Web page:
Deep Dive
November 17, 2023

Revival of On-Chain Gaming - Part One

Explore the ways how Paid Competitive Gaming revives on-chain gaming

Applying the Lessons Learned

In the previous blog posts, we delved into the major issues that the first wave of on-chain gaming grappled with, aiming to identify the core areas that require improvement before genuine on-chain gaming can flourish.

If you haven't read the previous articles, it's recommended to go through them to acquire the background knowledge necessary for a comprehensive understanding of the distinctions between the first wave of on-chain gaming and the solutions we will discuss in the following paragraphs.

#1 The First Wave of On-Chain Gaming - Recap

#2 Lessons from The First Wave of On-Chain Gaming

Reviving On-Chain Gaming

Following numerous unsuccessful attempts to establish meaningful and enduring games using blockchain technology, the approach toward on-chain gaming has adopted a defensive stance, particularly from the traditional gaming world and players. Learning from the mistakes of predecessors is the optimal strategy to rise above challenges and showcase what high-quality on-chain gaming looks like in the real world.


  • Introducing top-tier paradigm - “Easy to Learn, Hard to Master”
  • Core principle shift - Paid Competitive Gaming
  • Quality competition as the main focus

Studying the Leaders

Examining almost every major competitive sport, one core principle stands out—the simplicity of rules that everyone can quickly understand. Otherwise, introducing competition where fans can't fully grasp the rules would defeat the purpose.

The simplicity of rules makes games extremely easy to learn, even at a young age. However, learning the game is not the same as mastering it. It's the pursuit of game and skill mastery that makes the game enticing for both players and viewers. The never-ending process of pushing the limits keeps everyone engaged and at the edge of their seats, making the game extremely satisfying and emotionally engaging. This is how world-class games are created.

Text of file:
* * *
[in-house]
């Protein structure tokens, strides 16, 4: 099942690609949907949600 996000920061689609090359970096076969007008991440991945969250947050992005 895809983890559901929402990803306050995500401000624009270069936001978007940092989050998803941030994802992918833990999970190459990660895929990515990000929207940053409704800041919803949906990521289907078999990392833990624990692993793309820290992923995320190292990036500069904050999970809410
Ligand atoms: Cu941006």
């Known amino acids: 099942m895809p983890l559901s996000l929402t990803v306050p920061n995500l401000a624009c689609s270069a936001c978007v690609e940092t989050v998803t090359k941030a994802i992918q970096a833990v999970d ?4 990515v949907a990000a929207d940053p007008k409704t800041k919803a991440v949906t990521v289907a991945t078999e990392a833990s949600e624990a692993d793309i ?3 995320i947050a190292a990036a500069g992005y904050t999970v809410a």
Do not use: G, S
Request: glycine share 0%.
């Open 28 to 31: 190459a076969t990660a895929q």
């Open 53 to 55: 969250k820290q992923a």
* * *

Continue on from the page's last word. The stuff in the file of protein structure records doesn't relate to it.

"Easy to learn, hard to master" encapsulates the core concept of every highly successful competitive game, with chess and football serving as prime examples. Chess is incredibly easy to learn, requiring only the memorization of a few different moves that each piece can make; however, mastering the game is an ongoing journey of improvement. The same applies to football, where the basic rules are extremely simple—put a ball into the opponent's net. However, it is the constant improvement, mastery, and unpredictability of football players that make this sport fascinating.

Examining the world of esports with titles like "Counter-Strike: Global Offensive" or "League of Legends," we see the same concept—easy to learn and highly approachable learning curves that make the game widely accessible to everyone willing to try themselves in the arena. Yet, mastering such esports titles mirrors the endless journey seen in chess and football—a continuous process of refinement and advancement.

Applying Core Principle

To revolutionize the landscape of on-chain gaming, substantial changes must be introduced to the foundations of on-chain gaming itself. The First Wave of on-chain gaming relied heavily on a well-known Play-to-Earn design that closely resembled core mechanisms found all across the cryptocurrency world, where tokens issued by projects are often inflationary by nature.

The model embraced and thoroughly explored by Elympics is known as Paid Competitive Gaming. This new model can be seen as a novel implementation of the rules from the golden era of gaming, as discussed in the following blog post.

Read the post here - Arcade - Golden Era of Gaming